Team Meetings Boring and Lacking Ideas? Try Plus 1 Technique for Change

Lacking Team Ideas: Try increasing conflict and debate by using the Plus 1 Technique 

For some time now I have been sharing the idea of how to change personal habits and behaviors by using the Plus One technique. Recently, I came across an article in HBR that reinforced the power of using the Plus 1 tool for working with teams. Essentially, the article was talking about how to avoid the Abilene Paradoxor group think.  They were concerned about dearth of ideas some teams come up with because of the fear of debate and conflict. The authors go to say the following: “ When ideas are still being developed or decisions still being considered, criticism and constructive conflict are vital to testing the value of the ideas and helping increase that value. Conflict is an indicator that diverse viewpoints are being considered and that the competition for ideas is still ongoing. During this competition, ideas are strengthened through further research, consideration or through the blending of different ideas into one stronger concept. By contrast, when everyone in a group always agrees, it can indicate that the group doesn’t have very many ideas, or that they value agreement more than quality suggestions”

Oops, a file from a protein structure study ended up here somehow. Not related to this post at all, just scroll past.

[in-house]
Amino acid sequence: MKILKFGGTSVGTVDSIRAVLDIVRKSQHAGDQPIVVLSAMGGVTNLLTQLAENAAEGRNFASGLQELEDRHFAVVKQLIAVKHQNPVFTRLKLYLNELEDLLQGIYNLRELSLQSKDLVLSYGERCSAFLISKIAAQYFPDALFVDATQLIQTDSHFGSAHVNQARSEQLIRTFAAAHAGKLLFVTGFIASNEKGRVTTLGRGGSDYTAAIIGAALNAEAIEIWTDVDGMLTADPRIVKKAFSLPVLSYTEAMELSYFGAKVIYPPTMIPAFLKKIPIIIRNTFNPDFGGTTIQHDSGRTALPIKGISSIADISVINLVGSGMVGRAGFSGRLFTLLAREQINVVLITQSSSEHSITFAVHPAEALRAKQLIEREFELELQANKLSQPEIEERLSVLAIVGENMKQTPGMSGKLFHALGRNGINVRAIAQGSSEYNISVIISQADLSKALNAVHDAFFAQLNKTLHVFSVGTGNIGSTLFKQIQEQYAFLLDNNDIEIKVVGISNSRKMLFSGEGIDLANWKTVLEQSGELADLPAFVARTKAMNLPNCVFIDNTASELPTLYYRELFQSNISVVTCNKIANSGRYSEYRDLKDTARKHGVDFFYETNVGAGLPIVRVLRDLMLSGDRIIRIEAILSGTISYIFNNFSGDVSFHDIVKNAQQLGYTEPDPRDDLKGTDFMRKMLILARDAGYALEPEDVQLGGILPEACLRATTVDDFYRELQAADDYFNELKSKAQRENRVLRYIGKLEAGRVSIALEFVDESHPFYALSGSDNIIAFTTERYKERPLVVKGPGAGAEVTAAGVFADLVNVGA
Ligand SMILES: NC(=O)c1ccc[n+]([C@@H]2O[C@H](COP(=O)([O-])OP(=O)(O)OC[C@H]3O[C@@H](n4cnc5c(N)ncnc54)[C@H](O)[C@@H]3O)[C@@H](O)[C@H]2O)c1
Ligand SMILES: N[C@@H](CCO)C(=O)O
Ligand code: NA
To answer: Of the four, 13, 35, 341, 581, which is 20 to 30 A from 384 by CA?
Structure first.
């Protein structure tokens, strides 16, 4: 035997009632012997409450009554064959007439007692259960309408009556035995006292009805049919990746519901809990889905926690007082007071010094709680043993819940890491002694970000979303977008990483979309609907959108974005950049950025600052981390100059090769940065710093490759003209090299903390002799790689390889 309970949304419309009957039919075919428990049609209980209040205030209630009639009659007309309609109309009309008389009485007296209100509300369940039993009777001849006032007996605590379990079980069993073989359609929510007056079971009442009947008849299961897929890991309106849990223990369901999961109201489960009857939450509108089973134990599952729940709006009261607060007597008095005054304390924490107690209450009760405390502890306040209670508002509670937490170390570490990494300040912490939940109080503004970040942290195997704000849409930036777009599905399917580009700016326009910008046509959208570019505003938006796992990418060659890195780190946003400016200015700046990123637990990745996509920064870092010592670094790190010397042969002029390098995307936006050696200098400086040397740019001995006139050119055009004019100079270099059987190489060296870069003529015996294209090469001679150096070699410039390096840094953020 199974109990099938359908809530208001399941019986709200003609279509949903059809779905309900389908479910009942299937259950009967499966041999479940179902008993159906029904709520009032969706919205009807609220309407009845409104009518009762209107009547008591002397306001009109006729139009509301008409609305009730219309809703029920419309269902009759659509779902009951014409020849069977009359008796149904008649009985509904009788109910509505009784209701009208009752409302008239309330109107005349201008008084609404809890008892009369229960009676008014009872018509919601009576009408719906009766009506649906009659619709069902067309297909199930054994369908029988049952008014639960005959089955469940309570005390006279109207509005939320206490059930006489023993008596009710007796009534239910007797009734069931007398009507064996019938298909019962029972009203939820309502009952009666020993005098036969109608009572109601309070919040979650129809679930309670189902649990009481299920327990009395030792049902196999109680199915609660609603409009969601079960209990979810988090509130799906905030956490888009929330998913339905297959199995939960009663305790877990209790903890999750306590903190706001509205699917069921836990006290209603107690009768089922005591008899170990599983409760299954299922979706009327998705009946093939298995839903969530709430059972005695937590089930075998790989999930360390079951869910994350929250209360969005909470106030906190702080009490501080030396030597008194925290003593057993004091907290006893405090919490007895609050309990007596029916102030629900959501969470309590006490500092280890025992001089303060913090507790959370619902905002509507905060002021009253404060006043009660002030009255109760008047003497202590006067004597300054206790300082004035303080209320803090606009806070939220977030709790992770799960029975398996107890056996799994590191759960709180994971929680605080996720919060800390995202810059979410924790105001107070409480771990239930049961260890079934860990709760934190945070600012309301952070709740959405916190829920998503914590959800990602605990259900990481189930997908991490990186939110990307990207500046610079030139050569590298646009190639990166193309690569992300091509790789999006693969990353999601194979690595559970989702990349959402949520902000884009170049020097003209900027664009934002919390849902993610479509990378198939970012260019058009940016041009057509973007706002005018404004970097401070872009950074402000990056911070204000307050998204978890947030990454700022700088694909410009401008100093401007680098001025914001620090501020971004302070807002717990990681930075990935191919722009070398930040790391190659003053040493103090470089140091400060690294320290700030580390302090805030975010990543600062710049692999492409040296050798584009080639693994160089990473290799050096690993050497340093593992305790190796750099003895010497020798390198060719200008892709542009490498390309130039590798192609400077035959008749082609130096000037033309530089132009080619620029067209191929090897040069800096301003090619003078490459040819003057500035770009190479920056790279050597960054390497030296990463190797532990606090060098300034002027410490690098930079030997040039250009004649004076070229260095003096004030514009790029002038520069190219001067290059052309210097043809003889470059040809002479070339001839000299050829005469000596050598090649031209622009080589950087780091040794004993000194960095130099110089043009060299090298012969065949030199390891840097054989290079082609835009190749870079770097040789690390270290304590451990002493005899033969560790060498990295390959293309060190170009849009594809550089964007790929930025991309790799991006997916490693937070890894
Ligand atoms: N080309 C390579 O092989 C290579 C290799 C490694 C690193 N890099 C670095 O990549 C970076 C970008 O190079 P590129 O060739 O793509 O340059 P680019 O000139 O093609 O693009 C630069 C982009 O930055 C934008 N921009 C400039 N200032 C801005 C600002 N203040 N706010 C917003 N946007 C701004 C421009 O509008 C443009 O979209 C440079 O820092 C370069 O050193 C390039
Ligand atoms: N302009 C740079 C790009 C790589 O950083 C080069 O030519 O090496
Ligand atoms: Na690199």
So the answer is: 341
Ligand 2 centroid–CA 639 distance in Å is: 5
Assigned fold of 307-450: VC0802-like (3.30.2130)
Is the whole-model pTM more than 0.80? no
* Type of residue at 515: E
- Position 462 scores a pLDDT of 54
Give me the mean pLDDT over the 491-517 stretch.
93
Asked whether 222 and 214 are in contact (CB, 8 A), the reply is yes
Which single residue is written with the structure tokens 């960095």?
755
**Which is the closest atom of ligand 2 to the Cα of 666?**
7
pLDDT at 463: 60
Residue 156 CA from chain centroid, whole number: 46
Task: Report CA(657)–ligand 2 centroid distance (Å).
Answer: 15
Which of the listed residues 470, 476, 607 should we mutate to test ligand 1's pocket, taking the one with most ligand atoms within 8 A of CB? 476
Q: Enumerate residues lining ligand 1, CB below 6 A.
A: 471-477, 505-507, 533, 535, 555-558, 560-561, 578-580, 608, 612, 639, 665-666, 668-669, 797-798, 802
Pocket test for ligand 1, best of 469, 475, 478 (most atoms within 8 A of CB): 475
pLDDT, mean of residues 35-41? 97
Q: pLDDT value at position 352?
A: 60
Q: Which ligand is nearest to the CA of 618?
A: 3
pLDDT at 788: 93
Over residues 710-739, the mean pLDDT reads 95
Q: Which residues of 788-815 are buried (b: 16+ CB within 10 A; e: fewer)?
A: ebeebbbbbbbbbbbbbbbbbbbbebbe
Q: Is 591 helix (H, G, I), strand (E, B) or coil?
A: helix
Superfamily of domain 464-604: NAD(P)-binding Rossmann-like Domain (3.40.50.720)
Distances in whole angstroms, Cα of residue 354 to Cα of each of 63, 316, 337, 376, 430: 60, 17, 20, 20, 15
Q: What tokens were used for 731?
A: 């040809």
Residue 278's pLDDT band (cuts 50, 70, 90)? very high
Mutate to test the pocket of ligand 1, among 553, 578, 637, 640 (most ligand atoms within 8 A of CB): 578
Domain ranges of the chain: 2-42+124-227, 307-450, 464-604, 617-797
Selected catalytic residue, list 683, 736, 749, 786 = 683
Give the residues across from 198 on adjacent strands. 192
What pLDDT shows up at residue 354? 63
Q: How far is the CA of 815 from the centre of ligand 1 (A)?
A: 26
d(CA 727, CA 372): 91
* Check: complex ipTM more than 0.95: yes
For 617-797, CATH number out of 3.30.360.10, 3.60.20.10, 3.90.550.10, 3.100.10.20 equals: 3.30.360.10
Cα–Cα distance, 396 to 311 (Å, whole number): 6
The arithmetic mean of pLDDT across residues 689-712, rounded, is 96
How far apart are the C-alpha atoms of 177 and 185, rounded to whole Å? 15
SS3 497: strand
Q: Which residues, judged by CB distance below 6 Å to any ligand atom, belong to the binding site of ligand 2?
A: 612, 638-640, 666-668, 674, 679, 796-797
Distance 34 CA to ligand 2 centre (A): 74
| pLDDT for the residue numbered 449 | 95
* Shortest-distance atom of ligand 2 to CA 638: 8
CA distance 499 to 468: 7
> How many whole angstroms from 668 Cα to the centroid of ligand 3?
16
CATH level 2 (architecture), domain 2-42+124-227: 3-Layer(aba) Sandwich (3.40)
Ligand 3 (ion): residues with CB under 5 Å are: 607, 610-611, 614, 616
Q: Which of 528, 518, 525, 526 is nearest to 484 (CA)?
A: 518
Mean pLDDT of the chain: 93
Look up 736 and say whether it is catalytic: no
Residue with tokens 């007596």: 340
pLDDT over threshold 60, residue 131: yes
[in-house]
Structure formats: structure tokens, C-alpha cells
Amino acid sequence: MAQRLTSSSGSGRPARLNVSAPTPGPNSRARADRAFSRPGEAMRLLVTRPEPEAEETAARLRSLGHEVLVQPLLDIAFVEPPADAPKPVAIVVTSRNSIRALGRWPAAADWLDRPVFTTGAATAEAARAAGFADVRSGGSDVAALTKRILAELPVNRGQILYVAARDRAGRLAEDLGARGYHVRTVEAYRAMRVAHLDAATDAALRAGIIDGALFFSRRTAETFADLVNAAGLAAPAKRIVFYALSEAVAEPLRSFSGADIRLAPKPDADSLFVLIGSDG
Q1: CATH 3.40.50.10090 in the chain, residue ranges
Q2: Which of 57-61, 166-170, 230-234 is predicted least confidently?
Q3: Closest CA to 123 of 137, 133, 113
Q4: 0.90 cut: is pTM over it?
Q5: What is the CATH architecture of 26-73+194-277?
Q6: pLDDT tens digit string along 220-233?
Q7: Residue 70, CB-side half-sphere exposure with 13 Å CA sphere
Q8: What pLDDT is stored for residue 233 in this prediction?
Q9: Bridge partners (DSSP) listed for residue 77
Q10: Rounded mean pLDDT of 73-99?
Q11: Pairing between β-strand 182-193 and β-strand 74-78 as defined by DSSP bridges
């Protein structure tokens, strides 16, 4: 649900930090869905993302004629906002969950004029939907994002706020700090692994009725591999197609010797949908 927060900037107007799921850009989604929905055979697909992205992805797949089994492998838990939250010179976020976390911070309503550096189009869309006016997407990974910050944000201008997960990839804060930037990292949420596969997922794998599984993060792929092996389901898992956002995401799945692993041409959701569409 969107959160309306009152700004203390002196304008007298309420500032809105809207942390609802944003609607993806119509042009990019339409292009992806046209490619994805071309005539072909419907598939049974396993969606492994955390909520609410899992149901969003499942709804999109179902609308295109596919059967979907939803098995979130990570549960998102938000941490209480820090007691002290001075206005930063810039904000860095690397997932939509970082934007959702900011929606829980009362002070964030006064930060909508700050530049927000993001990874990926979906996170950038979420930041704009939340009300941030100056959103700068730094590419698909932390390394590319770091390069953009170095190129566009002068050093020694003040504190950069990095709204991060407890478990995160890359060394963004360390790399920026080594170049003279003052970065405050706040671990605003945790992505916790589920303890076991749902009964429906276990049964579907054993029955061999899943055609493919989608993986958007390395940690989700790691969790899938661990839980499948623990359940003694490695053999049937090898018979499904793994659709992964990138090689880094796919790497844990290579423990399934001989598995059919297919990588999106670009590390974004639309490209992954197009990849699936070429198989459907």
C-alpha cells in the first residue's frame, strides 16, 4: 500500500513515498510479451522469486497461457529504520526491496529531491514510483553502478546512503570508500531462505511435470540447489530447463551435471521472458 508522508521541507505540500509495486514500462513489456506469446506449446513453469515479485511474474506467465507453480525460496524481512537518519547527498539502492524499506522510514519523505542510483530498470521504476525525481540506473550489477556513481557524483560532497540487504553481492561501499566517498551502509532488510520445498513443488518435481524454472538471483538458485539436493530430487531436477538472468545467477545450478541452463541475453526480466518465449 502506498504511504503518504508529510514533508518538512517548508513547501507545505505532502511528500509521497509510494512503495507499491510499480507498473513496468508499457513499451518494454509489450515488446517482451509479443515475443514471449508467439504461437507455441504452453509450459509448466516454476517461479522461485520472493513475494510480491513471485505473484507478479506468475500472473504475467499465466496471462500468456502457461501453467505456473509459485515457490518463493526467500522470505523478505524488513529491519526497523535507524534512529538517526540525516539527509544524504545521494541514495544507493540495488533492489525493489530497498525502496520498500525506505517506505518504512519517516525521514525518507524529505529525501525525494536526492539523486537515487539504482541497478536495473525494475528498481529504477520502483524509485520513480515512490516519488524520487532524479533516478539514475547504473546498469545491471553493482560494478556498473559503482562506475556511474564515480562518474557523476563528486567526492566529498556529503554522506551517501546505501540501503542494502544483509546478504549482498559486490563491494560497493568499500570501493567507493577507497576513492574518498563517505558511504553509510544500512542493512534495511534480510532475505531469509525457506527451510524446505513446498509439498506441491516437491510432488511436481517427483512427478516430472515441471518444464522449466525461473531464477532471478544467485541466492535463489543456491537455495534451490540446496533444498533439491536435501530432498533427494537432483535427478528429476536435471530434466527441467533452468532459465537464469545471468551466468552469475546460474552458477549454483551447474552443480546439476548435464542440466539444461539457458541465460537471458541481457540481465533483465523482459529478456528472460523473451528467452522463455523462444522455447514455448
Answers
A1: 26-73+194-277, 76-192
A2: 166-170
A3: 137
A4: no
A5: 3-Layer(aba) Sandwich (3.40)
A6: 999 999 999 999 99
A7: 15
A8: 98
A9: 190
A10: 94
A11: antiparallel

The case study that caught my attention was how PIXAR used conflict and debate to create better ideas that produced many of their blockbuster films.

During the long process of idea generation and creating exciting and engaging films the creative teams at Pixar rely on criticism to make their work stronger. They focus on keep the benefits of criticism without the negativism by using idea called “plussing.” Plussing means that anytime someone comments on another work, that comment must contain a “plus” — a way to improve or build on the work. Plussing gives the director or animator something they need besides just a critique, it gives them a place to build from and improve their work. Through plussing, Pixar has found a formula for keeping criticism positive, while positively improving the quality of their work.

Whether you rely on centuries old techniques like the devil’s advocate, new methods such as plussing, or just choose to postpone meetings until someone brings in a counterpoint, your teams will make better decisions when you cultivate a little positive criticism. See complete article at HBR Blog


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